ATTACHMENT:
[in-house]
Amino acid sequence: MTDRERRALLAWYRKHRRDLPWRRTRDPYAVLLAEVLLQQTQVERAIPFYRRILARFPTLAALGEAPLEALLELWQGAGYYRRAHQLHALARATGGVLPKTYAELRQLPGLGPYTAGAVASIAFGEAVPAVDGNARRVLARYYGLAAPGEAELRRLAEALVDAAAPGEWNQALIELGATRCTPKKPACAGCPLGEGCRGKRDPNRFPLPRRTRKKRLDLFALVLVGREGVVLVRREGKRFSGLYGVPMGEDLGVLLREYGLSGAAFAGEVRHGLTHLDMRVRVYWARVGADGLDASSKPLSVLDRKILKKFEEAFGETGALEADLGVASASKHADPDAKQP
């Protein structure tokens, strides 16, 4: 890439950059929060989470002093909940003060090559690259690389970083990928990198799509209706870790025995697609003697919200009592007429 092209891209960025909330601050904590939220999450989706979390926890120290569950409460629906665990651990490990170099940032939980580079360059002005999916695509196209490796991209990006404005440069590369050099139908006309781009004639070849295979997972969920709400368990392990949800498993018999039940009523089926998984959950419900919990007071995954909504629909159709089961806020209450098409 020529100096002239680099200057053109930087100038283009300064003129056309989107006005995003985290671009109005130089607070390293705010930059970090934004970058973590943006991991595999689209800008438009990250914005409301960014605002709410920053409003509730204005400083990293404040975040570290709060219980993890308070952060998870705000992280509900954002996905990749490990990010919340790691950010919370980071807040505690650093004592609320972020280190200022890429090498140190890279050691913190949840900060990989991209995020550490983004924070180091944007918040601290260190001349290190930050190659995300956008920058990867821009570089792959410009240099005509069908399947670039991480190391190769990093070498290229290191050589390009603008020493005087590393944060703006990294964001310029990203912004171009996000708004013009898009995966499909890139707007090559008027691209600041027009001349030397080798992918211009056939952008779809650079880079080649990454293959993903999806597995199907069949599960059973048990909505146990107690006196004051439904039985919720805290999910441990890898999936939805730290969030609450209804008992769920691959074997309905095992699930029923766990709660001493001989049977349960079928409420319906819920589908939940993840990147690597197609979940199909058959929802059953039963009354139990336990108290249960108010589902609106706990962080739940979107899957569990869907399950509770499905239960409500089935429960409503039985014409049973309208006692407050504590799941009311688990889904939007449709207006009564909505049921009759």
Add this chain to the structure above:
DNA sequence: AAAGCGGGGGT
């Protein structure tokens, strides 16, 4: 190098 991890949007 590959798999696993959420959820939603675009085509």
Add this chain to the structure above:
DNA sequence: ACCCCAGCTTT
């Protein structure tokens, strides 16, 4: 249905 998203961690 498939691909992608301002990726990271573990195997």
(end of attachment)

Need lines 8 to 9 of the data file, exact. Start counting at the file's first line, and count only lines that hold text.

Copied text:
DNA sequence: ACCCCAGCTTT
């Protein structure tokens, strides 16, 4: 249905 998203961690 498939691909992608301002990726990271573990195997």